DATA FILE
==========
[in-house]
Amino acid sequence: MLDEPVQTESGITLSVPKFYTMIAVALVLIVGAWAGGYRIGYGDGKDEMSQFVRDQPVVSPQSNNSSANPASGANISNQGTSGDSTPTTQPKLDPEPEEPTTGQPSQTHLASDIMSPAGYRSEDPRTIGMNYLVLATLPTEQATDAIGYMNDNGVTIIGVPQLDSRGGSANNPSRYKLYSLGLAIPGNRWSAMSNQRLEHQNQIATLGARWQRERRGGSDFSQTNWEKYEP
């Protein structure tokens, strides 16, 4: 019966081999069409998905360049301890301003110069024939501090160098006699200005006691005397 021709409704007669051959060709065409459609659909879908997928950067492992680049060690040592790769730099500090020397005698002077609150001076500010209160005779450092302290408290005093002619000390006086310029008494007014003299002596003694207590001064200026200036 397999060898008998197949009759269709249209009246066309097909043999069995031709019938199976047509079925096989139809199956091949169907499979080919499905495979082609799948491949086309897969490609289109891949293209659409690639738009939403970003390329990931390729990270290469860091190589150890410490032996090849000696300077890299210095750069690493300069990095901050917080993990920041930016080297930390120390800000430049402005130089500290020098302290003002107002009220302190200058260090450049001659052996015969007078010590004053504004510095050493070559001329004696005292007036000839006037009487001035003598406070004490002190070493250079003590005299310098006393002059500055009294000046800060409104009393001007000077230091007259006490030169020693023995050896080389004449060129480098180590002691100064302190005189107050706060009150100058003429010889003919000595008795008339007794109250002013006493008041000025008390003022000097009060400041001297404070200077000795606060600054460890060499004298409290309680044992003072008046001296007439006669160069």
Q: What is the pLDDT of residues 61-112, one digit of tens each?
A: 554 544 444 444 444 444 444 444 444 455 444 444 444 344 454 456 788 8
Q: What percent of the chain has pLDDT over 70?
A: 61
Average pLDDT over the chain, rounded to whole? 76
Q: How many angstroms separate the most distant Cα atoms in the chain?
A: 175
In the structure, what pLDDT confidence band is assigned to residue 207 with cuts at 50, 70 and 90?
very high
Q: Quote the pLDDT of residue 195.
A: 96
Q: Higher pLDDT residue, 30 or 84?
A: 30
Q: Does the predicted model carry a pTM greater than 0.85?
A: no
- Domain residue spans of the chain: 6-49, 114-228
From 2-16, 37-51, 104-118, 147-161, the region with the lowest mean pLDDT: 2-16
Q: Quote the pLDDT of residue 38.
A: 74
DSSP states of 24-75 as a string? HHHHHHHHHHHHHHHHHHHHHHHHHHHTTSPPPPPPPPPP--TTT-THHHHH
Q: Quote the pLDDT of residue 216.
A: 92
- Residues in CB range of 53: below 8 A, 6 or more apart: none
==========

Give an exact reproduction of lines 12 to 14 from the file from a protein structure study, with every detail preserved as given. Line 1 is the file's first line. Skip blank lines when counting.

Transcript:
very high
Q: Quote the pLDDT of residue 195.
A: 96